Campaigners want all buses to have audio and visual announcements as a legal requirement to help blind and visually impaired passengers.
For many public transport users taking the bus is a simple task of getting from A to B, but if your hearing or sight is impaired travel can become a lot more difficult.
The ‘Talking Buses’ campaign says currently only 20% of buses in the country provide announcements and if London is discounted that falls to 3%.
The Guide Dogs association has been running the campaign since 2010.
Nottingham City Transport, the city’s main bus operator, boasts 75% of its buses currently provide these facilities but wants to increase this figure to 100% in the next two to three years.
Despite a large majority of buses in the city making these announcements, the facility is still not a legal requirement.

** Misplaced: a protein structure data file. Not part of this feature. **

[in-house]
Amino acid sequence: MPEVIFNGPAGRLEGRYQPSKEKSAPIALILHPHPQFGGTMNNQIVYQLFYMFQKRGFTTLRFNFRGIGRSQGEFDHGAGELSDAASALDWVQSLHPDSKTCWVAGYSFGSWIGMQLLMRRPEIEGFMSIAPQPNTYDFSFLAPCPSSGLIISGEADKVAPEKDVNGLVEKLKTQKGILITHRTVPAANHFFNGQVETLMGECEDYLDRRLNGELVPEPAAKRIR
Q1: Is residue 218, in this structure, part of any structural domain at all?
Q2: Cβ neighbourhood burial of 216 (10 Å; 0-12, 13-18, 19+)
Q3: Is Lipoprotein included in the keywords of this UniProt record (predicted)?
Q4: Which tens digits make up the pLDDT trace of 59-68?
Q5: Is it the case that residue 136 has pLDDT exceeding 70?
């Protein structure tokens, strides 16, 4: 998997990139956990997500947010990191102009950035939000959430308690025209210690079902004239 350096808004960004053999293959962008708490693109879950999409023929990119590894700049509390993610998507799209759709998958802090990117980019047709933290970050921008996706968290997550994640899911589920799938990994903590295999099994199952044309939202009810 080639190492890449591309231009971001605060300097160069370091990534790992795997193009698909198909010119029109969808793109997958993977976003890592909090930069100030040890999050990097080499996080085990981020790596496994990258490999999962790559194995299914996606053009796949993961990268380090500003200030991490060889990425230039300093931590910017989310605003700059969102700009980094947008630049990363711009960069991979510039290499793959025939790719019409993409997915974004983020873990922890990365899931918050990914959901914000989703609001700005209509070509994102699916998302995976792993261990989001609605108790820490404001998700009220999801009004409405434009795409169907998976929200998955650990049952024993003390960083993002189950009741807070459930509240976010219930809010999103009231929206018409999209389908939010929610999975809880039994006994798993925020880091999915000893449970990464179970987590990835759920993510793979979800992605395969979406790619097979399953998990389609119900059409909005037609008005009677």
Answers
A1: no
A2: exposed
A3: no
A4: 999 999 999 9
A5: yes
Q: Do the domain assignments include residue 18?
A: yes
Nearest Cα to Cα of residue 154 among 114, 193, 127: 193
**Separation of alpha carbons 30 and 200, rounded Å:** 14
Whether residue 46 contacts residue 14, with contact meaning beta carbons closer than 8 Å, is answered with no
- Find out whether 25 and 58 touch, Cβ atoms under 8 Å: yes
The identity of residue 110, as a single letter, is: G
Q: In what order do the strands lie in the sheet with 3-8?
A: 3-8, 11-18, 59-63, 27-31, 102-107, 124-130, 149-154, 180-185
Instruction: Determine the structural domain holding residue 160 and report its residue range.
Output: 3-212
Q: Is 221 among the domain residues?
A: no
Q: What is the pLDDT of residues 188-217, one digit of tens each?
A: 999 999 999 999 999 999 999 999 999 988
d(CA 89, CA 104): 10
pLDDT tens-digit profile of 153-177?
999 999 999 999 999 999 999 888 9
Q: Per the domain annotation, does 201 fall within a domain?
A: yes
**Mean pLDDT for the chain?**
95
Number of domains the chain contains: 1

Campaigners say the 25% of buses in Nottingham without the service restricts the independence of the disabled and the elderly, and their safety.
Visually impaired mum of one, Claire Cooper, of Grassmoor Road, Long Eaton, is backing the campaign and wants audio and visual announcements to be a mandatory facility on all public transport vehicles.
Diagnosed with genetic eye disease retinis pigmentosa five years ago just after her wedding, the 26-year-old, suffers from very limited peripheral vision and described travelling on buses without next stop announcements as a daunting experience.
Mrs Cooper wants to highlight the issue and travelled on an NCT bus with Nottingham South MP Lillian Greenwood on Monday October 6, who was blindfolded for the journey.
Travelling on a bus with the audio and visual facilities, Ms Greenwood said of the experience: “It’s so much better.
“Immediately you’re getting these announcements and you can feel where you are and you feel much more confident.”
Engagement officer for Guide Dogs, Kelly France, also took part in the journey with Mrs Cooper and Ms Greenwood and is keen for other bus operators around the company to follow NCT’s example.
Ms France said: “Audio visual announcements make a real difference to somebody.
“We really want audio visual announcements to be on buses to help people who are visually impaired travel independently and confidently.”